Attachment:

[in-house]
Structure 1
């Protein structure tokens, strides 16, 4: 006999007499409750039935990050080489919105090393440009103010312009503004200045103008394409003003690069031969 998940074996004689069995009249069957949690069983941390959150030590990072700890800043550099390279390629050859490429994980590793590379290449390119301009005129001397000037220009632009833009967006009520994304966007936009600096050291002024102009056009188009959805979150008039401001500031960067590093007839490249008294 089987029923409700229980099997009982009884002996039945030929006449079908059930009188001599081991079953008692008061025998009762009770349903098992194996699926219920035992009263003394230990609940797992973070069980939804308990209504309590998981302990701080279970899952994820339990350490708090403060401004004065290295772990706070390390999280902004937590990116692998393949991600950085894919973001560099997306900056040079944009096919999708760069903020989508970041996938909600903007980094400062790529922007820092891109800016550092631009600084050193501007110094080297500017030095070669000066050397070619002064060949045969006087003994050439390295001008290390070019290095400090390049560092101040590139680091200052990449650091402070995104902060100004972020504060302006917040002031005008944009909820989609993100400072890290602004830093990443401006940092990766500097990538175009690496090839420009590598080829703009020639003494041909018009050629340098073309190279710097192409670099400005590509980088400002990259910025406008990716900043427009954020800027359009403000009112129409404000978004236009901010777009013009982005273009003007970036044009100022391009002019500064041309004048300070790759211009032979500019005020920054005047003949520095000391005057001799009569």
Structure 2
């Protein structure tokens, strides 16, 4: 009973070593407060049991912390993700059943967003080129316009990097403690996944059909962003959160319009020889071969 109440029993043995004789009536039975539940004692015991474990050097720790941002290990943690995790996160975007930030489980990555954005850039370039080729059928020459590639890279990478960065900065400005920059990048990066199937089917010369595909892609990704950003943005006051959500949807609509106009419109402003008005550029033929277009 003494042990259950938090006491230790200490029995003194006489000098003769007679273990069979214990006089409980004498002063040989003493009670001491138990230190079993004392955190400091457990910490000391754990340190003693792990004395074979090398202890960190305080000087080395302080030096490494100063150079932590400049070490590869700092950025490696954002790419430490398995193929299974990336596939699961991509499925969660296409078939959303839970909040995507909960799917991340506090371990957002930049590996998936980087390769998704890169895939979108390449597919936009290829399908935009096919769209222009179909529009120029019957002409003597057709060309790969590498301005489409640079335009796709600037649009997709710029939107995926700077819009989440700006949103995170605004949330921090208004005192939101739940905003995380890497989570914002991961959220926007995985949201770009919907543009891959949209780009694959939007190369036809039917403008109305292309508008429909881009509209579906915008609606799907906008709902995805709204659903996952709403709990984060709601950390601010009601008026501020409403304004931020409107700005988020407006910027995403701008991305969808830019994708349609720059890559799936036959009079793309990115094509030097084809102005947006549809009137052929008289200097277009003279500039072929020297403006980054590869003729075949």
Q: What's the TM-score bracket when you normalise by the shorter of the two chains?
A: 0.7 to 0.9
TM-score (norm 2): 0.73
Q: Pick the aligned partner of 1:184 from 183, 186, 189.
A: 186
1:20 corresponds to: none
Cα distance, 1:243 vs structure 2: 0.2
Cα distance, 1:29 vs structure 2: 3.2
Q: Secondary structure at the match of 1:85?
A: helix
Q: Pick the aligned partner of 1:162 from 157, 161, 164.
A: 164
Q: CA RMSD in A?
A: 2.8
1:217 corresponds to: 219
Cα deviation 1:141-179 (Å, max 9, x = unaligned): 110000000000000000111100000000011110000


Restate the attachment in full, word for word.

[in-house]
Structure 1
């Protein structure tokens, strides 16, 4: 006999007499409750039935990050080489919105090393440009103010312009503004200045103008394409003003690069031969 998940074996004689069995009249069957949690069983941390959150030590990072700890800043550099390279390629050859490429994980590793590379290449390119301009005129001397000037220009632009833009967006009520994304966007936009600096050291002024102009056009188009959805979150008039401001500031960067590093007839490249008294 089987029923409700229980099997009982009884002996039945030929006449079908059930009188001599081991079953008692008061025998009762009770349903098992194996699926219920035992009263003394230990609940797992973070069980939804308990209504309590998981302990701080279970899952994820339990350490708090403060401004004065290295772990706070390390999280902004937590990116692998393949991600950085894919973001560099997306900056040079944009096919999708760069903020989508970041996938909600903007980094400062790529922007820092891109800016550092631009600084050193501007110094080297500017030095070669000066050397070619002064060949045969006087003994050439390295001008290390070019290095400090390049560092101040590139680091200052990449650091402070995104902060100004972020504060302006917040002031005008944009909820989609993100400072890290602004830093990443401006940092990766500097990538175009690496090839420009590598080829703009020639003494041909018009050629340098073309190279710097192409670099400005590509980088400002990259910025406008990716900043427009954020800027359009403000009112129409404000978004236009901010777009013009982005273009003007970036044009100022391009002019500064041309004048300070790759211009032979500019005020920054005047003949520095000391005057001799009569």
Structure 2
């Protein structure tokens, strides 16, 4: 009973070593407060049991912390993700059943967003080129316009990097403690996944059909962003959160319009020889071969 109440029993043995004789009536039975539940004692015991474990050097720790941002290990943690995790996160975007930030489980990555954005850039370039080729059928020459590639890279990478960065900065400005920059990048990066199937089917010369595909892609990704950003943005006051959500949807609509106009419109402003008005550029033929277009 003494042990259950938090006491230790200490029995003194006489000098003769007679273990069979214990006089409980004498002063040989003493009670001491138990230190079993004392955190400091457990910490000391754990340190003693792990004395074979090398202890960190305080000087080395302080030096490494100063150079932590400049070490590869700092950025490696954002790419430490398995193929299974990336596939699961991509499925969660296409078939959303839970909040995507909960799917991340506090371990957002930049590996998936980087390769998704890169895939979108390449597919936009290829399908935009096919769209222009179909529009120029019957002409003597057709060309790969590498301005489409640079335009796709600037649009997709710029939107995926700077819009989440700006949103995170605004949330921090208004005192939101739940905003995380890497989570914002991961959220926007995985949201770009919907543009891959949209780009694959939007190369036809039917403008109305292309508008429909881009509209579906915008609606799907906008709902995805709204659903996952709403709990984060709601950390601010009601008026501020409403304004931020409107700005988020407006910027995403701008991305969808830019994708349609720059890559799936036959009079793309990115094509030097084809102005947006549809009137052929008289200097277009003279500039072929020297403006980054590869003729075949």
Q: What's the TM-score bracket when you normalise by the shorter of the two chains?
A: 0.7 to 0.9
TM-score (norm 2): 0.73
Q: Pick the aligned partner of 1:184 from 183, 186, 189.
A: 186
1:20 corresponds to: none
Cα distance, 1:243 vs structure 2: 0.2
Cα distance, 1:29 vs structure 2: 3.2
Q: Secondary structure at the match of 1:85?
A: helix
Q: Pick the aligned partner of 1:162 from 157, 161, 164.
A: 164
Q: CA RMSD in A?
A: 2.8
1:217 corresponds to: 219
Cα deviation 1:141-179 (Å, max 9, x = unaligned): 110000000000000000111100000000011110000